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The flexibility and benefits of discretionary trusts are well known, but the responsibility of the trustees to manage the assets as a prudent man of business’, with the need to protect the trust assets, can make trustees risk-averse and restrict the type of investments that might be considered. Many assets that potential settlors wish to place in trust, such as the shares in a family business or more speculative opportunities, may no longer fall under the conventional asset category that trustees are willing to accept.
In 2003, the British Virgin Islands (BVI) introduced the Virgin Islands Special Trusts Act (VISTA). This Act created a new type of trust, the VISTA Trust, which seeks to overcome some of the obstacles of traditional trusts in the areas of management of underlying companies and succession planning. In particular, it is designed to meet the growing international need for a satisfactory legal mechanism to facilitate the succession planning of family corporate businesses, without stifling the family investment aspirations.
Section 3 of the VISTA enables the trust to directly hold BVI company shares, which may be retained indefinitely. It also allows for management of the company to be carried out by its directors without any power of intervention being exercised by the trustee. Amendments to the VISTA legislation in May 2013 mean that the required declaration in the Trust deed that the VISTA regime will apply can now be augmented to include provisions for the declaration to be revoked, suspended or triggered by specific events or by a direction given to the trustee by an individual or committee.
At least one of the trustees of a VISTA trust must be a BVI licensed trust corporation or a BVI Private Trust Company. Like all BVI trusts, VISTA Trusts are exempt from local registration requirements and all local taxes, as long as the beneficiaries are not resident in the BVI.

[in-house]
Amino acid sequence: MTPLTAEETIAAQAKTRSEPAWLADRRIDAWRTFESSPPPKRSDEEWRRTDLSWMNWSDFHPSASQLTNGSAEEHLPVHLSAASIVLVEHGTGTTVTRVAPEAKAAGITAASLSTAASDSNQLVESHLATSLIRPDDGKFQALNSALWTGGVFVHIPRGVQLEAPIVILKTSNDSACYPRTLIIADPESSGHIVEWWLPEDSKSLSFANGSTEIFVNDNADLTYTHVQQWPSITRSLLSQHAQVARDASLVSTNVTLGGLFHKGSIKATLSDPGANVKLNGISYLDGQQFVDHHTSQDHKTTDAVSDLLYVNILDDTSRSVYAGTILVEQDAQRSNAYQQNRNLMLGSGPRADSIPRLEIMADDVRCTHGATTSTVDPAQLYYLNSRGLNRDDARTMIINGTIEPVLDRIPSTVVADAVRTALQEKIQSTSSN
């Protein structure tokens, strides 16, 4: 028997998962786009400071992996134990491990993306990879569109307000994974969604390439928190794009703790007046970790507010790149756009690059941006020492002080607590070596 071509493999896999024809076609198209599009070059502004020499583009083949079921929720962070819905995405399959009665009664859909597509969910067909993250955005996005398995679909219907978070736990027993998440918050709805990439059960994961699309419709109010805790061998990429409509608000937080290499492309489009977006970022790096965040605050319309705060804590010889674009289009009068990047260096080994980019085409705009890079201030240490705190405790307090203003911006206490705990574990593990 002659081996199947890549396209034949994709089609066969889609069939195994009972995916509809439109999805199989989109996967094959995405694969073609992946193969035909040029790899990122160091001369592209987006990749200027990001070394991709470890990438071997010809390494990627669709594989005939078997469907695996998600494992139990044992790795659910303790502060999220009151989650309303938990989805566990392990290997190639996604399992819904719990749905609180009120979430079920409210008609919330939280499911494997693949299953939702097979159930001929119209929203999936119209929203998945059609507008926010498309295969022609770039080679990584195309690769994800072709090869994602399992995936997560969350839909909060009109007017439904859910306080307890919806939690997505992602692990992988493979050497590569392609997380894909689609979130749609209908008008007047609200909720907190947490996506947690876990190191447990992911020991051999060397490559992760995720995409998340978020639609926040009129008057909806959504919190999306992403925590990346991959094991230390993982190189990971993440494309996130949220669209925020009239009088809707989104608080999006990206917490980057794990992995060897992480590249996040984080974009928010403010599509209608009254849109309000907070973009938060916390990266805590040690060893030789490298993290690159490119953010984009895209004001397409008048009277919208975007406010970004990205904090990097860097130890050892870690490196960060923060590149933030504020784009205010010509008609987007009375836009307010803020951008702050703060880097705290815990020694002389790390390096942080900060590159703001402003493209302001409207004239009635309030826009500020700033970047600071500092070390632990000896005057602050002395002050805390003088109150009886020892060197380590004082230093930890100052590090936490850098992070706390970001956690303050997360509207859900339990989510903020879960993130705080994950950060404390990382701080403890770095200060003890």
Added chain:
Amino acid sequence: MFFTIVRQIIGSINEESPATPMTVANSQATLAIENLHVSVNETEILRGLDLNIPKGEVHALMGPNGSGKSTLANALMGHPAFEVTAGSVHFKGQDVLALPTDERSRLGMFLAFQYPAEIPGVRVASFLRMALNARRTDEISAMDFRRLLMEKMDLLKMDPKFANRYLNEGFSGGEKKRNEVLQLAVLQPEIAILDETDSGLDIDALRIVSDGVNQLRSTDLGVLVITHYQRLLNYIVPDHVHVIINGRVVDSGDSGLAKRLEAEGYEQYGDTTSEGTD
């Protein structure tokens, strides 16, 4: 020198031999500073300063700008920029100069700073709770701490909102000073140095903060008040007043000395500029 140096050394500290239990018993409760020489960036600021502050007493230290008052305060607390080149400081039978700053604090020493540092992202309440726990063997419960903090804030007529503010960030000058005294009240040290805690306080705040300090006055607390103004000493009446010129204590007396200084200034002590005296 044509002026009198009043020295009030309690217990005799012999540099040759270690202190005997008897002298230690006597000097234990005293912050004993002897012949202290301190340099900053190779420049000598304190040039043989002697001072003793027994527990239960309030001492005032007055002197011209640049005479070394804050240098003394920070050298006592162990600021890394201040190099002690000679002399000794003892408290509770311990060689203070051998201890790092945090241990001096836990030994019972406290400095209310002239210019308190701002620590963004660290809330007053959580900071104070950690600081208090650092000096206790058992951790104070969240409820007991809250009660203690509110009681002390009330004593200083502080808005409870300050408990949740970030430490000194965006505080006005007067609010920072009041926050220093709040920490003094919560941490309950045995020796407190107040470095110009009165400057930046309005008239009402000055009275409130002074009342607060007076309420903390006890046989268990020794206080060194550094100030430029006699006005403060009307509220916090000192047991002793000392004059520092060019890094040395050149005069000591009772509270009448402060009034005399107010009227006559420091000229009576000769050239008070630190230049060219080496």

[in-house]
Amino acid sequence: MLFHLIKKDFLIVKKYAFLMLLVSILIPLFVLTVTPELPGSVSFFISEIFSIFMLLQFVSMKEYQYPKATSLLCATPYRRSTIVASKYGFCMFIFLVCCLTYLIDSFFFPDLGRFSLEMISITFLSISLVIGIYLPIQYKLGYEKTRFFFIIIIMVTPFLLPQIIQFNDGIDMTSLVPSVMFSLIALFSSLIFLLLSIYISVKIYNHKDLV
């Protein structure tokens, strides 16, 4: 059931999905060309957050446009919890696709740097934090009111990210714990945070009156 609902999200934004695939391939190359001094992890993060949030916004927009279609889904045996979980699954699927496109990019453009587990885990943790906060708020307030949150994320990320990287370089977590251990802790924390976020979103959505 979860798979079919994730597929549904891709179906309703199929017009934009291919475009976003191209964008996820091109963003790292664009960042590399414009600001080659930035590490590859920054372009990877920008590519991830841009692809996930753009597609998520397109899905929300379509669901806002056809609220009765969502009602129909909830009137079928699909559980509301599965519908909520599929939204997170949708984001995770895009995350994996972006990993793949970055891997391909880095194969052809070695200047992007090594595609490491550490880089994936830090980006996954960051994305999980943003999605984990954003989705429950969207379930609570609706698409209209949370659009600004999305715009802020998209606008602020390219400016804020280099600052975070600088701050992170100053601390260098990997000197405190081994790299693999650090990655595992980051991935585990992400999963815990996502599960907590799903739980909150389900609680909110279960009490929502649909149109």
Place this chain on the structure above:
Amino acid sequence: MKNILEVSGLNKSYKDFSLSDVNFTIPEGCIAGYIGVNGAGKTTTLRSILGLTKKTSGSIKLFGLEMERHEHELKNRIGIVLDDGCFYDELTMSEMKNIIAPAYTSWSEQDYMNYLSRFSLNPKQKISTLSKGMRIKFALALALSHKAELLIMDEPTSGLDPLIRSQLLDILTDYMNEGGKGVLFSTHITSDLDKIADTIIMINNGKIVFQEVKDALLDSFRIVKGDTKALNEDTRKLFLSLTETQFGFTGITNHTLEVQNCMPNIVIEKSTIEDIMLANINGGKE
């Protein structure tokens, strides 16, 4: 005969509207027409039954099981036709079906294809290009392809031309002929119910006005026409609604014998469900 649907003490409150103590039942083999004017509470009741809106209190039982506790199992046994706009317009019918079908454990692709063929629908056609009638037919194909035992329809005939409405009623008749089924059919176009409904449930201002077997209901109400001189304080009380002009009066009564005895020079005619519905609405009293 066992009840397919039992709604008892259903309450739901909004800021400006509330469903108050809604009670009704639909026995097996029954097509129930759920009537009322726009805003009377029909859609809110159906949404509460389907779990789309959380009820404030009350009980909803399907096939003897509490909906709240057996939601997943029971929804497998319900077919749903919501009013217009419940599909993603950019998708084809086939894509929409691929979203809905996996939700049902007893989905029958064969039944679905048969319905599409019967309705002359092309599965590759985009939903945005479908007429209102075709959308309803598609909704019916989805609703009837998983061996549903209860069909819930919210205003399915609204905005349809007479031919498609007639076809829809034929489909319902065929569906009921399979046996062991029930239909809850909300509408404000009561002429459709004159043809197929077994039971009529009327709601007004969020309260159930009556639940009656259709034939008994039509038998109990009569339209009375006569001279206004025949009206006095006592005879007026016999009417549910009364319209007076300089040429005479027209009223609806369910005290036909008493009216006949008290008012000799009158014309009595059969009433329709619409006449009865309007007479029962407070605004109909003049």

Existing BVI trusts that are not VISTA trusts can now be converted into VISTA trusts assuming they satisfy the other conditions e.g. holding BVI company shares, as long as one of the trustees of the trust is a PTC or trust license holder.
It is important to note that in order to benefit from the VISTA Trust, the assets must be held via at least one underlying BVI Company. The trustees will not control and manage the underlying BVI Company and its assets. This responsibility will rest with the directors of the BVI Company, who are often members of the client family or their business management team, and who take full responsibility for the management of the assets without reference to the trustees.
The settlor may wish to place the shares of his family business in trust or other investments that a traditional trustee would view as speculative or high risk. The traditional trustee would naturally look to reduce the risk by diversifying the holdings of the trust, but with a VISTA Trust this would not be the case. Whilst it separates legal and beneficial ownership, the VISTA Trust does allow the settlor far greater influence over the investment of the trust assets without the interference of the trustees. The VISTA may hold investments deemed to be more speculative or high risk by the underlying BVI Company and still afford the family succession planning benefits traditionally associated with trusts.
The information in this document is not advice of any kind but general information only and should not be relied on as legal advice. Kensington Trust Group recommends seeking professional advice on legal or tax issues affecting you before relying on it. While Kensington Trust Group tries to ensure that the content of this document is accurate, adequate or complete, it does not represent or warrant, express or implied, its accuracy, correctness, completeness or use of any of the information. Kensington Trust Group does not assume legal liability for any loss suffered as a result of or in relation to the use of this document. To the extent permitted by law, Kensington Trust Group excludes any liability for negligence, for any loss, including indirect or consequential damages arising from or in relation to the use of this document.